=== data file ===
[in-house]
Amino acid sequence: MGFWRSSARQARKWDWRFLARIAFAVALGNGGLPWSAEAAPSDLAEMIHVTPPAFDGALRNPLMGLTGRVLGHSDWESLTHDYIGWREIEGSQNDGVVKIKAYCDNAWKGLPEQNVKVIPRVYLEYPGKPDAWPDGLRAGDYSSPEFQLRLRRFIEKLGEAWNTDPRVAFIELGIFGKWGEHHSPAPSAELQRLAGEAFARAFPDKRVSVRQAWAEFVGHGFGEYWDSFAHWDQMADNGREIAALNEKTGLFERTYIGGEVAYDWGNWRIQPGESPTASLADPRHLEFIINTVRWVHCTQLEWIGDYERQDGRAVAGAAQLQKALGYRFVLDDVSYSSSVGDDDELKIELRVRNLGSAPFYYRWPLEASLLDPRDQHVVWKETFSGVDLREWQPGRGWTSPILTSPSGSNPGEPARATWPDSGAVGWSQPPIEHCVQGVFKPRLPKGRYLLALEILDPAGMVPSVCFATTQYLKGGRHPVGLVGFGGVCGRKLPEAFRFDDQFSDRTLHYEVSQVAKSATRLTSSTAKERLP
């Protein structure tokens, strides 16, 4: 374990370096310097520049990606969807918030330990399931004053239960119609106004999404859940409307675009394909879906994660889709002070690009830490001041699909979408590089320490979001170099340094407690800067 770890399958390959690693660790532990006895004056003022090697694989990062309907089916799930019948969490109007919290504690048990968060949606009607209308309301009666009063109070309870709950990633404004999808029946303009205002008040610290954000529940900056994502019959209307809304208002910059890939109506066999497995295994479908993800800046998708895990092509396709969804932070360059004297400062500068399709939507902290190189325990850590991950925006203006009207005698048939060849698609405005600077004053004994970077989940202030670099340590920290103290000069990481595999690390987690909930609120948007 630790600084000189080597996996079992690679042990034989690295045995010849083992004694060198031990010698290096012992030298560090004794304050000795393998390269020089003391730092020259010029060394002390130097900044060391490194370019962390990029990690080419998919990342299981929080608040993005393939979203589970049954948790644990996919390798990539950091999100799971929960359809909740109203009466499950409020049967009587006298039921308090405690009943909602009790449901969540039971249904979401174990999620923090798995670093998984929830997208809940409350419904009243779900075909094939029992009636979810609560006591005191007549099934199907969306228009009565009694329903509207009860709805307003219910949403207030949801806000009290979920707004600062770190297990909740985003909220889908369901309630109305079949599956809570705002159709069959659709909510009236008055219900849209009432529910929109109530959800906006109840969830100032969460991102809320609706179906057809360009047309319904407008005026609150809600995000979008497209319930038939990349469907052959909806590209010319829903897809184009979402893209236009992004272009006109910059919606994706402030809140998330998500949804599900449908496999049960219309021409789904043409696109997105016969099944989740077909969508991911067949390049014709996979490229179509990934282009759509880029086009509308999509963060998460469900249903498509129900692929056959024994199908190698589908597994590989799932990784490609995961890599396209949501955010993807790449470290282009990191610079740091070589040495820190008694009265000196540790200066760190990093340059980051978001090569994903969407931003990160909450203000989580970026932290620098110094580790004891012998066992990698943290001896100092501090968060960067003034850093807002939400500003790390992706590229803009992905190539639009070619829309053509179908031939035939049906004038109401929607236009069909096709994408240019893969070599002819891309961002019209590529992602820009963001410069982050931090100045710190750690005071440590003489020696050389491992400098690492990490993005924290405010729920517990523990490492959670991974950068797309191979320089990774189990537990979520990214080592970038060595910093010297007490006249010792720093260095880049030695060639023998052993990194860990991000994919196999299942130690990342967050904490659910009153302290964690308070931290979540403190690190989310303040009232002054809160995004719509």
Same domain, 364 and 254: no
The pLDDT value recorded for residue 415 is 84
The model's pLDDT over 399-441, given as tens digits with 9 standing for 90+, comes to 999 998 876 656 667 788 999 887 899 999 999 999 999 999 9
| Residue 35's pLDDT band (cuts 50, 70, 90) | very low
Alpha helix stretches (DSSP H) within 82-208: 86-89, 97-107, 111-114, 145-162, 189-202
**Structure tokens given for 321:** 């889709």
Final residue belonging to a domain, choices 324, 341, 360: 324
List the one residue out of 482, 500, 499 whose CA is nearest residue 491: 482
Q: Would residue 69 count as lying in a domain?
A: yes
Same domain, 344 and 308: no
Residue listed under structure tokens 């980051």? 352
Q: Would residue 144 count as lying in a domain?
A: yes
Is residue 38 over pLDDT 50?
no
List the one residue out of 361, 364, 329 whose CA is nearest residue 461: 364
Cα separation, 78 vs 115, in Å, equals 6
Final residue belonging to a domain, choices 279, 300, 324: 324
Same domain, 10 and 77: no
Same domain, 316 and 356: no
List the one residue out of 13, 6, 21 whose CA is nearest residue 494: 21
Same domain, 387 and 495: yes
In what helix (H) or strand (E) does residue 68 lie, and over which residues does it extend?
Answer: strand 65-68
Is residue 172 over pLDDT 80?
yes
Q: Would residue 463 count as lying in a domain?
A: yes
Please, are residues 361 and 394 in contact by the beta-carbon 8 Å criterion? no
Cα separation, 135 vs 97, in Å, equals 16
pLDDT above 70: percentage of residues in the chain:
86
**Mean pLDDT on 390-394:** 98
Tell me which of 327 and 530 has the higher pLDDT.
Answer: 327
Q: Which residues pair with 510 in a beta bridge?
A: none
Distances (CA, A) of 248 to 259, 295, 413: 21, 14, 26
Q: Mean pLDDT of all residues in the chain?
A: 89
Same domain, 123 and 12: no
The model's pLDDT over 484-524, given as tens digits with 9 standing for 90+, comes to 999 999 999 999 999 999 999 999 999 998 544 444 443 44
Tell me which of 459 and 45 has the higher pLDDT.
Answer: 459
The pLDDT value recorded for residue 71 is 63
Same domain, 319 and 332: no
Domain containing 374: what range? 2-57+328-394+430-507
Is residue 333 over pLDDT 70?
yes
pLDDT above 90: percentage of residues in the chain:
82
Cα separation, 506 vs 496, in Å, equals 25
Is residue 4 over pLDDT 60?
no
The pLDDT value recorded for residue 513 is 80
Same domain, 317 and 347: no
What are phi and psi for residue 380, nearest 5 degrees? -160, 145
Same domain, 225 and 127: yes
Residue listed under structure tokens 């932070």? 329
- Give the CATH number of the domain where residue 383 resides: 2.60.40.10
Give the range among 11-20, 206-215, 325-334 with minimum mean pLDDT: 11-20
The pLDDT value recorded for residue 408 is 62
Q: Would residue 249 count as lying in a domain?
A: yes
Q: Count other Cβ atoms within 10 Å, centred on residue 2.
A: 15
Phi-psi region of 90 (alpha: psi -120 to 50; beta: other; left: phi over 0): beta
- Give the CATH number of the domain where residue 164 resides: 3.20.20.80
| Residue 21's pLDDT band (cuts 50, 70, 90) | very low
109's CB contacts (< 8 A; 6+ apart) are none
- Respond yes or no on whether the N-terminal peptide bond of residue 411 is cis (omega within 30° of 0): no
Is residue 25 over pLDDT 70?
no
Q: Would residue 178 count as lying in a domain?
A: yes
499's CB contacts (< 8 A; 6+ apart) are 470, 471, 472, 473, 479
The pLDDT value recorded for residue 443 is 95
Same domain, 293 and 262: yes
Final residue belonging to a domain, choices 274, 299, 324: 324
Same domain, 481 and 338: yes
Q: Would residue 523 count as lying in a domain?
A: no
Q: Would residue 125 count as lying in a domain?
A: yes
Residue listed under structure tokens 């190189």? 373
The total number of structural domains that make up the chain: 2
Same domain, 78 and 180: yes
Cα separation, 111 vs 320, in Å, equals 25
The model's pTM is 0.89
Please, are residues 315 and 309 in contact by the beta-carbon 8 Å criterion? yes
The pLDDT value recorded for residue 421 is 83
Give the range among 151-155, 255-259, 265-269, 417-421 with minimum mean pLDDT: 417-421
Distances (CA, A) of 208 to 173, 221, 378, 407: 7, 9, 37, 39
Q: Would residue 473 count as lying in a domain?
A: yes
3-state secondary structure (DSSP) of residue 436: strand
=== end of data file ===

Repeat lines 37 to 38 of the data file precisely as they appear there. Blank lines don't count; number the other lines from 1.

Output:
**Mean pLDDT on 390-394:** 98
Tell me which of 327 and 530 has the higher pLDDT.